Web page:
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Leader of the Opposition Erin O'Toole rises during Question Period in the House of Commons on Nov. 5, 2020.Adrian Wyld/The Canadian Press

If Erin O’Toole keeps things up, he will have a great shot at winning the 1989 NDP leadership race.

The Conservative Party Leader’s skepticism about international trade, his unabashed support for unionized workers and his progressive attitude on social issues will give Audrey McLaughlin a run for her money. Keep checking your pagers for results, everyone: this leadership race is going to be a close one.

“Corporate and financial power brokers,” Mr. O’Toole said in a video posted back on Labour Day, “care more about their shareholders than their employees. They love trade deals with China that allow them to access cheap labour.”

“Private-sector union membership has collapsed,” he bemoaned in an October address to the Canadian Club Toronto. “Too much power is in the hands of a few corporate and financial elites.”

Meanwhile, the contemporary NDP, which has migrated from the party of the blue-collar worker to that of the turtlenecked young urbanite who includes his preferred pronouns in his dissertation, is left to watch forlorn as Mr. O’Toole encroaches on the territory they’ve relinquished over the last 30 years. The NDP can still come back to claim the assembly-line floor, of course, but they’ll have to finish pumping up their bike tires first.

Mr. O’Toole gave little indication during his run for the Conservative Party leadership that his “true blue” vision for Canada would lament free-trade deals, hype union membership and unironically use the word “solidarity” in a video address. As my colleague Andrew Coyne observed in a recent Globe column, Mr. O’Toole has shifted from a “principled conservative” to “populist-nationalist” so quickly that he barely resembles the candidate who was elected to lead the party just a few months ago. And it’s no doubt left some small-c conservatives wondering what, exactly, they voted for in August.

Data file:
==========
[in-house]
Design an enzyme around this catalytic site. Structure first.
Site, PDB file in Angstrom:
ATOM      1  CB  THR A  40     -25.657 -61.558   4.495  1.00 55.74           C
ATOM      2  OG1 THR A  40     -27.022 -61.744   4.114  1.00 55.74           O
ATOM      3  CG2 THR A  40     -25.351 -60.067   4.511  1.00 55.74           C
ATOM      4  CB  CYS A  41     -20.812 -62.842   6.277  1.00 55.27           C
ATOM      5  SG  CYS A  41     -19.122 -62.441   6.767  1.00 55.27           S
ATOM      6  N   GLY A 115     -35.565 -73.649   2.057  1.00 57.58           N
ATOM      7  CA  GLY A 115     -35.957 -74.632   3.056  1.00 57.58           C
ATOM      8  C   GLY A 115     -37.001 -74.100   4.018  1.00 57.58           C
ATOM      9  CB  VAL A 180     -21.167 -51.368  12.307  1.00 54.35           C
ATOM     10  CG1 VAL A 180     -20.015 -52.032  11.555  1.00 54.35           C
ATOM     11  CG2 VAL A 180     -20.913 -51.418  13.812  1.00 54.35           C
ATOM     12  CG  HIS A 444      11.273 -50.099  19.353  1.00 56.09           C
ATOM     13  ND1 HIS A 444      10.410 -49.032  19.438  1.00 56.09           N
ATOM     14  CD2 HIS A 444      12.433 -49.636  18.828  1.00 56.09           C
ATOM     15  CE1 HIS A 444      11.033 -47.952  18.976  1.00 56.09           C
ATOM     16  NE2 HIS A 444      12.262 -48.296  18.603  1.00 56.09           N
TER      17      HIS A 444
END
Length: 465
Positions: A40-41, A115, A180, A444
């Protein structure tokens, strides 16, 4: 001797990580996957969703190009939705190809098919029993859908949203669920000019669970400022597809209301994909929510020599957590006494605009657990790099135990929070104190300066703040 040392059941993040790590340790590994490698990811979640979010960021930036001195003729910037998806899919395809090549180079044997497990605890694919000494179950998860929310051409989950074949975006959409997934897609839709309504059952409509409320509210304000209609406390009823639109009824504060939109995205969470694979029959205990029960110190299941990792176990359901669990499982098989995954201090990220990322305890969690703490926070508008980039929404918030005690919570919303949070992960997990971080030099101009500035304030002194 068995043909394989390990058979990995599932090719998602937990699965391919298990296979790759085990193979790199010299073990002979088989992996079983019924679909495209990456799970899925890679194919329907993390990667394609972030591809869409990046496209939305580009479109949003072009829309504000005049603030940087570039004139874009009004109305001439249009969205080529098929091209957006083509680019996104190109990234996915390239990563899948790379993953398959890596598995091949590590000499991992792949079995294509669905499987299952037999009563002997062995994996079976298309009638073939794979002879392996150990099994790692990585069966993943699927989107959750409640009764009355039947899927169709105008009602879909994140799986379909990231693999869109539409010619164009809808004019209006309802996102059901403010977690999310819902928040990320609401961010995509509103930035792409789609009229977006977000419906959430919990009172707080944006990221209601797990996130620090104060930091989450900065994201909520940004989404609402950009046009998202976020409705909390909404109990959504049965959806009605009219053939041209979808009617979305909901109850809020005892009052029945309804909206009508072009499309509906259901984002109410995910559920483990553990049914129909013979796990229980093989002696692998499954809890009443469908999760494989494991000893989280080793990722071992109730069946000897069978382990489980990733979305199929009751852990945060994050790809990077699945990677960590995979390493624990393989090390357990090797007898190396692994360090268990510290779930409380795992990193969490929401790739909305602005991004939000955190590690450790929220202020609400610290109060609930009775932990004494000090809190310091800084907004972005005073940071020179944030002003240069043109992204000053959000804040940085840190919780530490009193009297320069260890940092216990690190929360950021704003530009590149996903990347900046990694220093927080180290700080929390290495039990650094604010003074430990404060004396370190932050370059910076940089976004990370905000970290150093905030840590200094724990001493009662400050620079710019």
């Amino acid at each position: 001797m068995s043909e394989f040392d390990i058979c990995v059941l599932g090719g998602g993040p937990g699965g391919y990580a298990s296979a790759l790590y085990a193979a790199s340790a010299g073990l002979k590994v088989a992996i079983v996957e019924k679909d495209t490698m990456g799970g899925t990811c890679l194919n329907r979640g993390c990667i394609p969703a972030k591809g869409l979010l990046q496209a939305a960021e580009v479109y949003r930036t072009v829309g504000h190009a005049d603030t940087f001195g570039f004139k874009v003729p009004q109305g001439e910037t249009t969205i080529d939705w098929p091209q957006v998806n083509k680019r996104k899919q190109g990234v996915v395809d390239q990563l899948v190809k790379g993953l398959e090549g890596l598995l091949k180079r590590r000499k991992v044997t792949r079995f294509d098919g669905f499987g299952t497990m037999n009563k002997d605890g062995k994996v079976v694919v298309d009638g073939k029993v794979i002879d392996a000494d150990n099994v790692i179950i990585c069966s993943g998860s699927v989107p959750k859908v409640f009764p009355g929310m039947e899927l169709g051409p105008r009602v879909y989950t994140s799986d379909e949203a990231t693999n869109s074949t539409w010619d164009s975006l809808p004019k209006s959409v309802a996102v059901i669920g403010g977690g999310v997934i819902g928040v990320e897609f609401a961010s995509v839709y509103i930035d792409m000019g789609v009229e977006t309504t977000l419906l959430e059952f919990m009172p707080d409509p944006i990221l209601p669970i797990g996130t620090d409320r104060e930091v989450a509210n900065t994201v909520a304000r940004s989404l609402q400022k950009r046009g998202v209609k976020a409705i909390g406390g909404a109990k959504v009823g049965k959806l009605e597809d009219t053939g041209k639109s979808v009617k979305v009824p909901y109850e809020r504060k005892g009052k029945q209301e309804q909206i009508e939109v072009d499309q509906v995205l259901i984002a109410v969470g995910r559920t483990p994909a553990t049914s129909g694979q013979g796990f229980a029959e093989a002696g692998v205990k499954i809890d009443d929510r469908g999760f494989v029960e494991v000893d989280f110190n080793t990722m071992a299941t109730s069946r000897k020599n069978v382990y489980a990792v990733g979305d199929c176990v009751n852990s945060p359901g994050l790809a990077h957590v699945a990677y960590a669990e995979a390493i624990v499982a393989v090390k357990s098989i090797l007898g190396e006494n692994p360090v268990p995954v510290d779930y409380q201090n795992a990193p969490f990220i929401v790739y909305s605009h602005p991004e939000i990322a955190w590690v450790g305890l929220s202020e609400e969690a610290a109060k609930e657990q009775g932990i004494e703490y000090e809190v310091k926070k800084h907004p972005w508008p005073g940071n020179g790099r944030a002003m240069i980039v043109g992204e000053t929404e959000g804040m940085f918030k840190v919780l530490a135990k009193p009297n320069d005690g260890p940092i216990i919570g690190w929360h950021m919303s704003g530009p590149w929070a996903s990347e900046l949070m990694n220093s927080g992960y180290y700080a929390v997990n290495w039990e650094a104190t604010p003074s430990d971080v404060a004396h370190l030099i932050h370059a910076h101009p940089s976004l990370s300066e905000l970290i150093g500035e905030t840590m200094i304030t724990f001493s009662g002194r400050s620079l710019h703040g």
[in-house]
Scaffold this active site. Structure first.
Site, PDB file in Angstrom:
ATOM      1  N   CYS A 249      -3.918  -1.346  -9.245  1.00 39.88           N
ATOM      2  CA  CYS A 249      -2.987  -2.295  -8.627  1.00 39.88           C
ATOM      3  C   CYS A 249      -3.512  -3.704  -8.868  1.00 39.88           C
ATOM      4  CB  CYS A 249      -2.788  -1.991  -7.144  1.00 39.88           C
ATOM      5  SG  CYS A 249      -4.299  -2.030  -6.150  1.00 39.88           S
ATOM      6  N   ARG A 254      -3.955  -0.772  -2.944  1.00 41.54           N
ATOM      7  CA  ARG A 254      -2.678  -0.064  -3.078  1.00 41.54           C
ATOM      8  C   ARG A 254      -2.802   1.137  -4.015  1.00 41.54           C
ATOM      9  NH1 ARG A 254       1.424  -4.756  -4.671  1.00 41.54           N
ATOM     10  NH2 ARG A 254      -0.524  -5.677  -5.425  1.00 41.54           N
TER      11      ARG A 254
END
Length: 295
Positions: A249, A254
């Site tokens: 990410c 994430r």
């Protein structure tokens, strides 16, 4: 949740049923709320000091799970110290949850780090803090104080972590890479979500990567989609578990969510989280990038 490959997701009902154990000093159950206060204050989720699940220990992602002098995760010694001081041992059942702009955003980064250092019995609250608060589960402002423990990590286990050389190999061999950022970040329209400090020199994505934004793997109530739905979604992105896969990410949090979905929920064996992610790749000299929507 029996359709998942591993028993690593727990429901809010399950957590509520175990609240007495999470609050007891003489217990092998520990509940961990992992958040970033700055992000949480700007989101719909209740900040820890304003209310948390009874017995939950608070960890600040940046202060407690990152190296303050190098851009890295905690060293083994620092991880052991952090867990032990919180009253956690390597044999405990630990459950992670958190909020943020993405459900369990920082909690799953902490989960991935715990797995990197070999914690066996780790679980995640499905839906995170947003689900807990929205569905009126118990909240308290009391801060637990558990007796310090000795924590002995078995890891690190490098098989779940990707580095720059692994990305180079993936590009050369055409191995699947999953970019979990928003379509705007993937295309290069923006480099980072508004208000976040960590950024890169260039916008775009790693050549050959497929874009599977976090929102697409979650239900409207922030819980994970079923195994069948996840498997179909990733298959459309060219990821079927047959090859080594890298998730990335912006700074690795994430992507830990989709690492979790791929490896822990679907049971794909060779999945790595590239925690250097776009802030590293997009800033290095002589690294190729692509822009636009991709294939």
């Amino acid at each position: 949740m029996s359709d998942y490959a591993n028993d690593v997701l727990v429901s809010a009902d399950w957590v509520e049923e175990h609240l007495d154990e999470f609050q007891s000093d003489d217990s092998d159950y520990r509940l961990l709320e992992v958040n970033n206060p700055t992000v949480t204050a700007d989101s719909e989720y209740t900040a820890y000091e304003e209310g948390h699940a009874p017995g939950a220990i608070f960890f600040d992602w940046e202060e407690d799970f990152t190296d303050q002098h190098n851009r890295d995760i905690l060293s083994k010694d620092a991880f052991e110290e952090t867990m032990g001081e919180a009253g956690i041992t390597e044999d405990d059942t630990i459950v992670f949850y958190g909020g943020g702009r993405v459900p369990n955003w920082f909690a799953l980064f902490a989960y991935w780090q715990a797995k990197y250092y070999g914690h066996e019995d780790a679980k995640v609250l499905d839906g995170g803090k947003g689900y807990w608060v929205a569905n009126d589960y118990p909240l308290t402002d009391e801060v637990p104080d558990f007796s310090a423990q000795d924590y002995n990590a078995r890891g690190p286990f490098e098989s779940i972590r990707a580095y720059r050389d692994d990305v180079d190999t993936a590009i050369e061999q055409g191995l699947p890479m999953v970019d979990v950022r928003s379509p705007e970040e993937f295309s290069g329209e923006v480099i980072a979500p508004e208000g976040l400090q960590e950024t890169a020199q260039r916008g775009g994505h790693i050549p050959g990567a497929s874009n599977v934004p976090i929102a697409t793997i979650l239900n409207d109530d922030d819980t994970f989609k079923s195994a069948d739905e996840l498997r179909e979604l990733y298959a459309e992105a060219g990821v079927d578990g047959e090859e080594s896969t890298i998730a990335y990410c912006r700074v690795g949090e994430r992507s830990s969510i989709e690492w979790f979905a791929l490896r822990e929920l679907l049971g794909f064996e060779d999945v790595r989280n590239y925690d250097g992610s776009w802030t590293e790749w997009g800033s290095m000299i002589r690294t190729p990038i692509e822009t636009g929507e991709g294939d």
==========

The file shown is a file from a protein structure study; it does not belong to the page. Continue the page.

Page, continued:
But it’s here I’d take care to point out, as an irrepressible cynic, that principled conservatism is mostly for think tanks and campus clubs. Mr. O’Toole has made clear in just a few months that his big, bold vision for modern conservatism is quite obviously about one core principle: winning. And while that might leave some small-c conservatives feeling cheated, big C-Conservatives are hopeful about the future of the party.

A true conservative who believes in small government and the rights of the individual would take umbrage, for example, with Quebec’s Bill 21, which prohibits certain public sector workers from wearing religious symbols. Indeed, it would be of particular concern to someone who, during the leadership race, promised to resurrect the Stephen Harper government’s Office of Religious Freedom, which was tasked with monitoring and promoting religious freedom abroad. But Mr. O’Toole’s approach on this issue has been to reaffirm his commitment to strengthening the “Quebec nation” – not because he necessarily cares a lick about whether a schoolteacher wears a hijab in Montreal, but because he wants to carve away support from the Bloc Québécois, as he and his team have quite explicitly stated. Thus, he’ll leave it to the think tanks and campus clubs to stand up for liberty and individual freedoms; this Conservative Party will happily forfeit principles for populism.

Mr. O’Toole will find himself in an even better spot to galvanize support soon, when Joe Biden takes over the White House. The Liberals will no longer have U.S. President Donald Trump against whom they can showcase their progressive mores, and the arrival of a President Biden – who has long pledged to cancel the Keystone XL pipeline – will force Prime Minister Justin Trudeau to awkwardly defend the long-delayed pipeline at a time when demand for oil is low, in between his government’s announcements about banning single-use plastics and planting a billion trees. The Conservatives are better positioned ideologically than the Liberals to stand up for Canadian interests on this and other issues, including China’s continued belligerence and the World Health Organization’s pandemic failures – and soon, they may be free to do so without appearing to side with Mr. Trump. Indeed, the bogeyman in the White House will be gone as of Jan. 20, and with him will go the Liberals' best opportunity to paint their Conservative opponent as a Canadian Donald-in-waiting.

That leaves Mr. O’Toole unencumbered to continue selling Canadians on his unique brand of true blue (C)onservatism: one that stands for free markets, sort of; religious freedom, in some provinces; small government, on some issues; and private enterprise, with new limitations. It’s a type of conservatism where strategy and popularity are the most important principles. “True blue,” we should gather, was just a euphemism for “electable.”

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